State attorneys have challenged at the high court a two-year work ban imposed on former reporters at the Maldives’ oldest newspaper, Haveeru.
The civil court ruling, which prohibits all former Haveeru employees from working at any other news outlet for two years, is unconstitutional and will amount to forced labour, attorneys said.
The civil court and the attorney general’s office had previously clashed over the ruling after Attorney General Mohamed Anil said the order was unlawful, invalid and unenforceable. At the time, the court threatened to hold Anil in contempt of court.
The work ban followed a 2015 ruling by the high court that split the paper’s ownership. In April, the civil court ordered Haveeru’s founder Dr Mohamed Zahir Hussain to involve the new shareholders in managing and operating the paper.
In lieu of involving the new shareholders, the Haveeru Media Group – owned by Zahir’s three children – closed the paper and took its website offline.
All of Haveeru’s journalists and support staff then resigned en masse to set up a new paper, Mihaaru. Weeks later, on July 3, the civil court issued the work ban, citing a need to protect the interests of the paper’s new shareholders.
Civil court Judge Mohamed Haleem, a former press freedom campaigner, had ordered regulators and the home ministry to enforce the ruling within seven days and take action against any staff who refused to comply.
Some 50 of the 80 staff at Haveeru are now working at Mihaaru. They say the work-ban, if enforced, will shutter Mihaaru.
Some 35 employees have joined in the attorney general’s office challenge to the work ban.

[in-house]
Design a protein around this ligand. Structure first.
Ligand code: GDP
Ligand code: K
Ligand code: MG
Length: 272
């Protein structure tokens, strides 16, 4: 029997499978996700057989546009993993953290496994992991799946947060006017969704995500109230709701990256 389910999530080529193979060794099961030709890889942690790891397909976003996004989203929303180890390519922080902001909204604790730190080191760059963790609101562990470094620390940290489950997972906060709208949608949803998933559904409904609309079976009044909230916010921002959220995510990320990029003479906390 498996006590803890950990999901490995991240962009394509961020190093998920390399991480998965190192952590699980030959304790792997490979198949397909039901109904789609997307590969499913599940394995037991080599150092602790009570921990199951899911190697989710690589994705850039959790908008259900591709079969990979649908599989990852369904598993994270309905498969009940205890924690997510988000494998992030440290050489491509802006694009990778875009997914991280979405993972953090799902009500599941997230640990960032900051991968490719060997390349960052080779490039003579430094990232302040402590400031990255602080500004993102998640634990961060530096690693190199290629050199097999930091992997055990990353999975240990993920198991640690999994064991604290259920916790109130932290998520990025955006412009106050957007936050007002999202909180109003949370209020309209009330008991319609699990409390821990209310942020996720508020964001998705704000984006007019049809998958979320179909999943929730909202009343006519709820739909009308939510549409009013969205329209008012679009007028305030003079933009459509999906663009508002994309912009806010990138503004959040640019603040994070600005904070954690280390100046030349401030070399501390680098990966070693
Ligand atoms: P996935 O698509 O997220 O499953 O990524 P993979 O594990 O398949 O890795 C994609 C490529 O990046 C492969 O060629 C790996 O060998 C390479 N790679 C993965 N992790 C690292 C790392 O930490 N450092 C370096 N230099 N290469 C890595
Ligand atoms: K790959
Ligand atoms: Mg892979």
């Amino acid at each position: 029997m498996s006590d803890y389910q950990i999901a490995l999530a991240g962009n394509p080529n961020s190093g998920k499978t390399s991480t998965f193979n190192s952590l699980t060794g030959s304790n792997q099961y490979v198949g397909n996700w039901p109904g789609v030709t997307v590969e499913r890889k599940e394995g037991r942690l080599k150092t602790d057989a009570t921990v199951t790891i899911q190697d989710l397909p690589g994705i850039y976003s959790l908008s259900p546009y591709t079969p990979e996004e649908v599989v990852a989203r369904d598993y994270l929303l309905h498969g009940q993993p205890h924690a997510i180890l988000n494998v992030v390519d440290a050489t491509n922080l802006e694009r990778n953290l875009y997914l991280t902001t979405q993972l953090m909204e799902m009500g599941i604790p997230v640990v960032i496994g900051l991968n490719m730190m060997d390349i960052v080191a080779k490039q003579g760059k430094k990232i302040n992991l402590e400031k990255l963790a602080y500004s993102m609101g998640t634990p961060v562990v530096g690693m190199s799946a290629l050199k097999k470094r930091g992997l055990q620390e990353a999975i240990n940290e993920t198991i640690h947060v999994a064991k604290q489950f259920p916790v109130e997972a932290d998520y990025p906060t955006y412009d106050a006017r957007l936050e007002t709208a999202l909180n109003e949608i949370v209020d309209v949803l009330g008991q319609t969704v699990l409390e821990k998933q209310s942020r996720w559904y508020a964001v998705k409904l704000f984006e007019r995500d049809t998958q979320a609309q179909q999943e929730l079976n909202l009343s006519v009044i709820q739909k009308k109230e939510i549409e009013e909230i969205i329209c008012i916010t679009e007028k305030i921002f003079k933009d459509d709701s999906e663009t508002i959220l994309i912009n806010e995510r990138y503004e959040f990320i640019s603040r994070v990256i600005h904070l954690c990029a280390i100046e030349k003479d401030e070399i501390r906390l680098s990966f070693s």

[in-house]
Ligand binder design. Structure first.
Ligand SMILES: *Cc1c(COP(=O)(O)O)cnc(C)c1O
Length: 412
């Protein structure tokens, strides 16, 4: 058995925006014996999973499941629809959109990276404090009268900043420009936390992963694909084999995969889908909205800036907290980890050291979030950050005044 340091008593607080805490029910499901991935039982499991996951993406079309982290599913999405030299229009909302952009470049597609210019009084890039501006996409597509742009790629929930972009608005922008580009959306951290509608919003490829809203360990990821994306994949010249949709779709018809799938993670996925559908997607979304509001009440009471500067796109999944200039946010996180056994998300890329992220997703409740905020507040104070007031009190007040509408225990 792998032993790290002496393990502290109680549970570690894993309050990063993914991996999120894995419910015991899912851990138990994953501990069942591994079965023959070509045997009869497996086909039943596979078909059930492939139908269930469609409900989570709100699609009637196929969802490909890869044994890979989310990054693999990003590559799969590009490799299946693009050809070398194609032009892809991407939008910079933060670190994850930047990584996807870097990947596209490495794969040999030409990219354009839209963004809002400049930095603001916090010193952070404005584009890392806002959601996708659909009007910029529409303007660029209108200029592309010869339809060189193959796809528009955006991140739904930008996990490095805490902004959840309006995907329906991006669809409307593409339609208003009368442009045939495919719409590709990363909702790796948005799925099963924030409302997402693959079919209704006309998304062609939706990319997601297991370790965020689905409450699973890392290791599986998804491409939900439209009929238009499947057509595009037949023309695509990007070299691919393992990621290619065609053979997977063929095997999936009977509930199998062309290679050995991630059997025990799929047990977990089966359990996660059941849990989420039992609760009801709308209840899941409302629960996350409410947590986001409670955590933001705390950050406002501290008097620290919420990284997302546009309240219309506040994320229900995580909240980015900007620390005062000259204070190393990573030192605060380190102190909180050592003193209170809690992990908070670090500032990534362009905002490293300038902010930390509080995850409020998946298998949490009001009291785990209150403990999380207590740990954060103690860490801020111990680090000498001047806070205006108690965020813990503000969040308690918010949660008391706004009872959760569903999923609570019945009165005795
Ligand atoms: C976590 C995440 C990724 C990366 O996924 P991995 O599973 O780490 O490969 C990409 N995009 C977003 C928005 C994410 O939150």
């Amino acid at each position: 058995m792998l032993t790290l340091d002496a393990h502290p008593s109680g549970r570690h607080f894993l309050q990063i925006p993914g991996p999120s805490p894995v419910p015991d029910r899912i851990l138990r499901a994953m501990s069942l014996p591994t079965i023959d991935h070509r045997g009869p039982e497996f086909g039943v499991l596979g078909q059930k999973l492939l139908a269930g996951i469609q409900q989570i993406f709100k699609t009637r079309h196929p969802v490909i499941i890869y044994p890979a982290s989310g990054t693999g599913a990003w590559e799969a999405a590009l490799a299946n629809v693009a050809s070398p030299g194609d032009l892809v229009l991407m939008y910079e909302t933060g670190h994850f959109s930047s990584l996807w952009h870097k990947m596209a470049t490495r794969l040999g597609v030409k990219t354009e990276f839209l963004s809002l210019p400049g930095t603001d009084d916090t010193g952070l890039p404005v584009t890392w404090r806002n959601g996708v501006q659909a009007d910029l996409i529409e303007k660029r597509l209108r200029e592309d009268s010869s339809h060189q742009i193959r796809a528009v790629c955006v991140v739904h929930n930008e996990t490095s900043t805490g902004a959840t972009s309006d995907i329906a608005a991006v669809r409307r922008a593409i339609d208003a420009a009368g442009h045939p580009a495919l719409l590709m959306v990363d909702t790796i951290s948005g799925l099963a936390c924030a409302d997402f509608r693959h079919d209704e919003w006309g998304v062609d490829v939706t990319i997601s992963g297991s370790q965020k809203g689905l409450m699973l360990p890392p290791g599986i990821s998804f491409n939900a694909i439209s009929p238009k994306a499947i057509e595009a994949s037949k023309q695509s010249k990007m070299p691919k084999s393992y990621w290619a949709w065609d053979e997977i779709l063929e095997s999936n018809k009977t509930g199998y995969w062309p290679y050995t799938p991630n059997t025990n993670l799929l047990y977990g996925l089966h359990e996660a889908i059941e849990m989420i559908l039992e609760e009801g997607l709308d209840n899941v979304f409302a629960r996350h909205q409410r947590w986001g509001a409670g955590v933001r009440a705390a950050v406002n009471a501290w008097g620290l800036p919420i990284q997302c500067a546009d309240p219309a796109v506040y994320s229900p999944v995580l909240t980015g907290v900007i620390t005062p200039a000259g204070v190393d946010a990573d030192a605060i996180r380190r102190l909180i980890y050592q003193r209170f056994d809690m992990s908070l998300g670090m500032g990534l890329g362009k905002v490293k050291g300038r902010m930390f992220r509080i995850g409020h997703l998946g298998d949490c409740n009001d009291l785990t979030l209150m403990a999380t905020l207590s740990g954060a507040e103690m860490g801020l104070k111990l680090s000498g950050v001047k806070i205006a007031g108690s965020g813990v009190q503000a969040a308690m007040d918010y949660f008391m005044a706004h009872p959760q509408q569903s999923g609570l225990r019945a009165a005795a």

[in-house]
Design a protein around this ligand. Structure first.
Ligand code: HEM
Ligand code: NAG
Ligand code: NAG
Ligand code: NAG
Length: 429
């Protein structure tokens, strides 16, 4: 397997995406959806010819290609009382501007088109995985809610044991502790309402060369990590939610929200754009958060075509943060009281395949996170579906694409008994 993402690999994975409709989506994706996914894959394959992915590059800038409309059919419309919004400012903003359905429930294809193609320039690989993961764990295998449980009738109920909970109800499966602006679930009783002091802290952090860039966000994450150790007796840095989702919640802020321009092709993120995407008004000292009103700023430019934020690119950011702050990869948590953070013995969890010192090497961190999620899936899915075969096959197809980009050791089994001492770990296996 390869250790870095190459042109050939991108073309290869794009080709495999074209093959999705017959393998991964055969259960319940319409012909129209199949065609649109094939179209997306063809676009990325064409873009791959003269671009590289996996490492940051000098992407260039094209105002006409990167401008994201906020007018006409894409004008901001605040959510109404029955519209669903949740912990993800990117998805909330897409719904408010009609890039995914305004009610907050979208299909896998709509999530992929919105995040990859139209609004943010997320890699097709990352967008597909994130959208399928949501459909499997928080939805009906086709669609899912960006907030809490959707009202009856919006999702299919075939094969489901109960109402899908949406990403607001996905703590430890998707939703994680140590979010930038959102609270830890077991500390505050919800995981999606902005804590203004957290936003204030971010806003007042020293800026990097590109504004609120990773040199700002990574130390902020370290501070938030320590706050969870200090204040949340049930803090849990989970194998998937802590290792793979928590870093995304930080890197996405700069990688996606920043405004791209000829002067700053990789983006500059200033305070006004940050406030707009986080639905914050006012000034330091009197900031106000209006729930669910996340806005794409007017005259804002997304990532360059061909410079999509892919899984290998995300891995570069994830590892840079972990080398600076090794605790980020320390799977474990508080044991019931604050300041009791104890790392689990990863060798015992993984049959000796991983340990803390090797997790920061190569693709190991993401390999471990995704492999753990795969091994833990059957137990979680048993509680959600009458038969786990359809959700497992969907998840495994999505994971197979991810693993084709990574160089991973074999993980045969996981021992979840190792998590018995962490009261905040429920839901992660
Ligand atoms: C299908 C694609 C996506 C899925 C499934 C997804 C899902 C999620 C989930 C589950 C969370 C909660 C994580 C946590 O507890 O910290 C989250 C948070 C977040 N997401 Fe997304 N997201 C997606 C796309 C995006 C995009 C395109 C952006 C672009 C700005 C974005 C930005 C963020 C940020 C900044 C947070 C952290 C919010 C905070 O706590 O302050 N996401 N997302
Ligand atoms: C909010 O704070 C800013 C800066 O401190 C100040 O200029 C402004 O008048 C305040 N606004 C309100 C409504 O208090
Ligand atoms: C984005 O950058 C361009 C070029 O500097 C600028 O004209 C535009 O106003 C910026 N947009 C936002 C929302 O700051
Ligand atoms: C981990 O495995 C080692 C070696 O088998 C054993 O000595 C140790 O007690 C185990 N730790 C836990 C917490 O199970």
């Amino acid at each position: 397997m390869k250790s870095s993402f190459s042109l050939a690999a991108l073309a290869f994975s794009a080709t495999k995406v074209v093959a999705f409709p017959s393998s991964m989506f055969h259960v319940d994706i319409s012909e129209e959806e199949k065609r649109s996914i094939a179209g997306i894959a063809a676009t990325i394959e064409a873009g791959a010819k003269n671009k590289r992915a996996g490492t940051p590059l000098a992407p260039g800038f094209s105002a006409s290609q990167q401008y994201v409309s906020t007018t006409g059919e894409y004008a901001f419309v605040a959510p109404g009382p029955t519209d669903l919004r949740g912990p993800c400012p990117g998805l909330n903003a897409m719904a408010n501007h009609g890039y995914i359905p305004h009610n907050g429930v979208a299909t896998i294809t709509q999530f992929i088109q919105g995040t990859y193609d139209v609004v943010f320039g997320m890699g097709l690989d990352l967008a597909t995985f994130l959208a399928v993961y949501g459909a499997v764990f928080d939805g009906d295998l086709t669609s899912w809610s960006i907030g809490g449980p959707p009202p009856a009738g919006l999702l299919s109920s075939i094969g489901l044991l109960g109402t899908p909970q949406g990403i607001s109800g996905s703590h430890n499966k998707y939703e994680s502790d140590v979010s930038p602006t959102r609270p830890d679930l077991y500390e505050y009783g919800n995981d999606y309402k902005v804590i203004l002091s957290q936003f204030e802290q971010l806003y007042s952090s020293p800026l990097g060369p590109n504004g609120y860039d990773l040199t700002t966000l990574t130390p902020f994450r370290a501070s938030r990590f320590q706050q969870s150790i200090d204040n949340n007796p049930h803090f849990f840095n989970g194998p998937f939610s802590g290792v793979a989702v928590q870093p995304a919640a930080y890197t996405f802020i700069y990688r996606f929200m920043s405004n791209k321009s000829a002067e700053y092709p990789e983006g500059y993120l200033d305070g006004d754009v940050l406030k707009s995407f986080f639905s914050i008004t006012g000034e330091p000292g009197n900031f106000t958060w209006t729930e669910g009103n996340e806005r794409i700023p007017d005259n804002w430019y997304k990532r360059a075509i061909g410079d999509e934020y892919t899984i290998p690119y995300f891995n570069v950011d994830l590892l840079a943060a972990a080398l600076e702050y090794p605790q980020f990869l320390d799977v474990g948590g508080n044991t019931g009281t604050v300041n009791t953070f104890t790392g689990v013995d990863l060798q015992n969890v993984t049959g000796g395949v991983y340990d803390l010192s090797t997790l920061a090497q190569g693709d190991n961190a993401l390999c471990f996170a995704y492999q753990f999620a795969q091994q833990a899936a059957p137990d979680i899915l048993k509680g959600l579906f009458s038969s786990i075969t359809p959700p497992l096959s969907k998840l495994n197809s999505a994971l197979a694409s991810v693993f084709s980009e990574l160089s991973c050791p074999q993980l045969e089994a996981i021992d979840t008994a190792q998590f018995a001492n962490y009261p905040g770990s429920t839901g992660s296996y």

Laying out their case, state lawyers said that the right to work is enshrined in the constitution, as is the right to protection from forced labour. The state cannot order workers to work or not to work in a particular organisation, they argued, which means that the civil court ruling is unenforceable.
“The rights of over 70 employees cannot be denied in the name of protecting the interests of Haveeru shareholders,” one attorney said.
The civil court’s failure to consult the staff of Haveeru before restricting their rights also contravened the principles of natural justice, she added.
The bench, comprising of Abdul Rauf Ibrahim, Abdulla Didi and Ali Sameer, asked the state why it had lodged the appeal and why it thought the enforcement of a court order amounted to forced labour.
In response, attorneys reminded judges of the state’s constitutional obligation to protect rights, said they were of the view that courts can only impose restrictions on labour rights as part of rehabilitation programs, such as mandatory community service.
Attorneys also asked the court to stay the civil court ruling, but judges concluded the hearing without ruling on the request.
The new shareholders of Haveeru – Abdulla Farooq Hassan, Ibrahim Rasheed Moosa, and Mohamed Naseem – had worked at the paper at the time of its founding.
The three laid a claim to the paper based on a 1983 agreement that had established a body called the Haveeru News Agency to operate the paper. The agreement was reportedly annulled in 1985.
The claim was laid in 2013, some 30 years after the news agency was dissolved. At the time, the three won a stay order on the paper’s sale.
The following year the civil court rejected the claim, but the high court ruled in their favour in August 2015, a ruling that was widely perceived as politically motivated.
Zahir, the paper’s founder, had maintained throughout the high court appeal hearings that the agency was only set up to disseminate news and operate the daily, and that it had no claim to the newspaper’s assets and printing press.
The supreme court has thrown out an appeal of the high court ruling.
Since the shuttering of Haveeru, two other news outlets have also closed down. Channel News Maldives, a critical news website, shut down in June, citing unrelenting political pressure, and DhiTV, the Maldives’ first private TV station, was switched off earlier this month after the ruling party approved a new law criminalising defamation.